There was some good news this week about Lake Lanier.
The Supreme Court, in the midst of one of its busiest weeks in memory, brought us closer to a solution in the tri-state water wars without actually producing a decision.
The court chose not to hear the case brought by Alabama and Florida to challenge a ruling by the 11th Circuit Court of Appeals almost a full year ago. That decision overturned the harsh edict issued by U.S. District Judge Paul Magnuson in 2009 that would have limited North Georgia’s ability to draw drinking water from Lake Lanier, scheduled to take effect this year.
The ruling affirms the case Georgia had been making all along, that Lanier was originally intended as a water source for metro Atlanta and other nearby counties.
It was a major step forward in Georgia’s goal to gain more control over the water that flows down the Chattahoochee River, into Lanier and out of Buford Dam, and down through Atlanta and south Georgia to the Gulf of Mexico.
But it’s not the last step, nor the only one needed to ensure that enough water will be available now and in the future.
With the court battles put aside for now, the focus turns in two directions: The U.S. Army Corps of Engineers, and its task of rewriting the water-use manuals created for Lanier in the 1950s to apportion the amount of water released by the dam for all who depend upon it; and renewed negotiations with our neighbor states to better share the river basin’s water.
Magnuson’s ruling stood in the way of both efforts moving forward. All waited to see how the Supreme Court would rule before trying to enter any long-term agreement that could be scuttled by changes in Georgia’s legal right to the lake’s water.
As long as the court decision was pending, neither Alabama nor Florida seemed particularly motivated to negotiate water use. That now may change, and Georgia may find itself dealing from a greater position of strength.
But there is a trap door to that as well. Any deal negotiated by the states will need congressional approval. And delegations from Alabama and Florida have Georgia outvoted in Washington, so any agreement will have to fully satisfy the needs of both states.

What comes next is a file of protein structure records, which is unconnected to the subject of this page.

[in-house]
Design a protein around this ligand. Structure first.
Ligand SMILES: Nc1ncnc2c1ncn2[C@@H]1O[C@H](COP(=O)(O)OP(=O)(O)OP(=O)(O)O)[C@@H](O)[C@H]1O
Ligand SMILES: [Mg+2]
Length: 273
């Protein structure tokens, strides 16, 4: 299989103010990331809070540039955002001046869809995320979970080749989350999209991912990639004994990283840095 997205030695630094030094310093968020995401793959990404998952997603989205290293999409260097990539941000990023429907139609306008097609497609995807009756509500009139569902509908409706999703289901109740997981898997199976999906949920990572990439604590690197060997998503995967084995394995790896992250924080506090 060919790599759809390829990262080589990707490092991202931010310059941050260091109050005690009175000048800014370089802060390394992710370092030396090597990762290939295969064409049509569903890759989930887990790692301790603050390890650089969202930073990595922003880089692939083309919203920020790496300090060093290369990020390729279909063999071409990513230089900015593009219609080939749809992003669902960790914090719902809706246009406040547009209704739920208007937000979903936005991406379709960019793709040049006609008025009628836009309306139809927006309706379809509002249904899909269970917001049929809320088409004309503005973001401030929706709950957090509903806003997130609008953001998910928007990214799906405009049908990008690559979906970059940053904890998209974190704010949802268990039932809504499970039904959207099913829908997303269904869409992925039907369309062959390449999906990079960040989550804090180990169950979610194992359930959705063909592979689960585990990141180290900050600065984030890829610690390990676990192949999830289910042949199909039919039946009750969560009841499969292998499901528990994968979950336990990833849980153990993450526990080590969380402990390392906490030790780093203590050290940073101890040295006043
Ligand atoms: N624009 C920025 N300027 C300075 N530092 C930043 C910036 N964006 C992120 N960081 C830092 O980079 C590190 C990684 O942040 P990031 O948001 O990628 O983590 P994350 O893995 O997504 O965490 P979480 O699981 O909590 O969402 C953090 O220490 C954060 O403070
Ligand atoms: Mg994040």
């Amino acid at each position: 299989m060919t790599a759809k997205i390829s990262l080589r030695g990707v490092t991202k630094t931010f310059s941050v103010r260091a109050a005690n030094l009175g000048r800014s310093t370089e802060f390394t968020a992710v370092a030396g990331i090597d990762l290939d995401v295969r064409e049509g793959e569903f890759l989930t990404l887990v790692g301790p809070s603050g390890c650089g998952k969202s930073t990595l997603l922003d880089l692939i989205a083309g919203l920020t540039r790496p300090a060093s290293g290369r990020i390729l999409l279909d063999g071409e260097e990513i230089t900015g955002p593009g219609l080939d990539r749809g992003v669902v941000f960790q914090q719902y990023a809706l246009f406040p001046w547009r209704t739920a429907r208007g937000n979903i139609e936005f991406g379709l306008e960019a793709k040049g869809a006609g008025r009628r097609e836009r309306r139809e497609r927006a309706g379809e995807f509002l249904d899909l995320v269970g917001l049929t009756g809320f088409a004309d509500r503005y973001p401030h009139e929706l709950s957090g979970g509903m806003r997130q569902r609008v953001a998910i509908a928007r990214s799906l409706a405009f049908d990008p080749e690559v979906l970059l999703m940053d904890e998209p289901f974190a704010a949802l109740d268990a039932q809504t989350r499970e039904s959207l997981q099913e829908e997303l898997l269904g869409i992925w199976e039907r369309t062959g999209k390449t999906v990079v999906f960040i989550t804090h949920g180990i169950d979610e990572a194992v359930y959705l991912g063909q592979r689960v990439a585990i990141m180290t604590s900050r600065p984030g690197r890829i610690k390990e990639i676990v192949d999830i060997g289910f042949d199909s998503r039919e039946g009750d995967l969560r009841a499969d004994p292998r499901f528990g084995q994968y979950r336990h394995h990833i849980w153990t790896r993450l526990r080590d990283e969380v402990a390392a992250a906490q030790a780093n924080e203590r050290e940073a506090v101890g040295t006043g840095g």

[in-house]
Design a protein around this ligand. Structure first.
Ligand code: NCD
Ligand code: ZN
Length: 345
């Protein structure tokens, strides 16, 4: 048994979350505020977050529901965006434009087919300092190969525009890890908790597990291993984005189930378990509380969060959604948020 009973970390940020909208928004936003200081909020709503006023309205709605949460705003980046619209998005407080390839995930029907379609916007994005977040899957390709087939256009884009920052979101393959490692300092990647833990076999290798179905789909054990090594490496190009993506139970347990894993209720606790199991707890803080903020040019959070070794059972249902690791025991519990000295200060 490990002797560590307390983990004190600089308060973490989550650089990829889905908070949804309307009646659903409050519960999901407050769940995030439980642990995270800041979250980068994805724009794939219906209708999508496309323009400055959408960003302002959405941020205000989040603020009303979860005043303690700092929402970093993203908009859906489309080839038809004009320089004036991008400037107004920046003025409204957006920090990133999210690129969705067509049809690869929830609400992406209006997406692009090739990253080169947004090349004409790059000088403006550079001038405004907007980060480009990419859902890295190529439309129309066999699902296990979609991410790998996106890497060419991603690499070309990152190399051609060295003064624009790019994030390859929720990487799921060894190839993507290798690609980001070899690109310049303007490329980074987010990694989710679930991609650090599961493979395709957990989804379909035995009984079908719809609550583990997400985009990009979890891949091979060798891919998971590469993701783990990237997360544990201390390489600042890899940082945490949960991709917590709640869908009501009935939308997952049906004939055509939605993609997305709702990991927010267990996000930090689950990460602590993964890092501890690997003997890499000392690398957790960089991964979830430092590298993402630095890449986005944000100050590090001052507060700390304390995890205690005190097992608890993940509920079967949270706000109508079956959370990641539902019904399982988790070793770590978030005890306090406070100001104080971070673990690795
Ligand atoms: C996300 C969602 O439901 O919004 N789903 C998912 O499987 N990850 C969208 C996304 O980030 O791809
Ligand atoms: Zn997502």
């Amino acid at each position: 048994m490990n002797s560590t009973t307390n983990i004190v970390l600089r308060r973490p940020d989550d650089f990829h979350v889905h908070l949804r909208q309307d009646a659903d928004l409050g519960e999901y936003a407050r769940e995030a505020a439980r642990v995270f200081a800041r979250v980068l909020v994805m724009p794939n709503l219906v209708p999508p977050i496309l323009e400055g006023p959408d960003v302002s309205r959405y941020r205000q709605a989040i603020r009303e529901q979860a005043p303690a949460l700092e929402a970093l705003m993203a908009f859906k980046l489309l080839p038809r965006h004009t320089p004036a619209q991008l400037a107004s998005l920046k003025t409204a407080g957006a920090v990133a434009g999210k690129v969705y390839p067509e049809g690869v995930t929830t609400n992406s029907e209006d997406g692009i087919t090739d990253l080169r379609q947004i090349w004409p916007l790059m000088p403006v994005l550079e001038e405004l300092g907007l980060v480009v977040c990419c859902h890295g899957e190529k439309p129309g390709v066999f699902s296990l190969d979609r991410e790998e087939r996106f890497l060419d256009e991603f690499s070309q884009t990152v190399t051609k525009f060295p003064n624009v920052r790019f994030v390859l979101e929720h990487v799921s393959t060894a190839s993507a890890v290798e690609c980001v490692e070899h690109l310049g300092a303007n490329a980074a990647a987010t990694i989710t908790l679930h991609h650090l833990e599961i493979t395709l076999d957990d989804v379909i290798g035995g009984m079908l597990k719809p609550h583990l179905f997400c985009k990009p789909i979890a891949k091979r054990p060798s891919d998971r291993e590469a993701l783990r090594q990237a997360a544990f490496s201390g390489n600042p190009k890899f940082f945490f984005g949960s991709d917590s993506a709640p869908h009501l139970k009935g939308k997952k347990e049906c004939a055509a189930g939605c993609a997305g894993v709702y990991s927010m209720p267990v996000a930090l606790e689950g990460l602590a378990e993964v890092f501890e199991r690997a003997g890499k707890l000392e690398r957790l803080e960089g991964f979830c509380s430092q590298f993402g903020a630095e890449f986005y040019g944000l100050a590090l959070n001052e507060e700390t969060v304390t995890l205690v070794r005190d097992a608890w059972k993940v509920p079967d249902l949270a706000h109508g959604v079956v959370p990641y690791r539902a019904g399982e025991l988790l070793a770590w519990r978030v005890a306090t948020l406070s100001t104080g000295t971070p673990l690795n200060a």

The other debate likely to be touched off is whether Georgia counties in the river basin should move forward with plans to add new reservoirs. That’s particularly the case with the planned Glades Reservoir in North Hall, which is moving through the slow process of earning the proper permits before it can be constructed and filled.
Hall’s plan is to create the new 850-acre lake and link it with pipelines to the existing 141-acre Cedar Creek Reservoir in East Hall to provide some 72 million gallons of water for daily use and sale to nearby counties. Critics already opposed the reservoir over concerns about the expense and environmental impact. Some now may question the need for it with Lanier’s water supply less in doubt.
But there is another variable beyond the legal, political, financial and environmental battles that is outside of anyone’s control: the weather. Yes, North Georgia now may have freer rein to Lanier’s water, but that’s provided there’s enough water there to go around. When lake levels dip to record lows as they did in the drought of 2007-08, that supply may be in jeopardy. Another lengthy stretch without rain — and it’s been a hot, dry summer so far this year — could put us back in crisis mode, regardless of victories the courts may provide.
That’s why plans need to be made to conserve and distribute the system’s water fairly and wisely. New reservoirs would offer backups to the backups and help alleviate the short-term pain during a drought.
And we all can do our part by staying aware of our personal water consumption and recognize that it is a limited resource.
The water wars aren’t over by a long shot. Georgia has now won two major battles, but that victory can only be secured by wise leadership that protects our precious resource and shares it equitably with our neighbors downstream who rely on that same water source.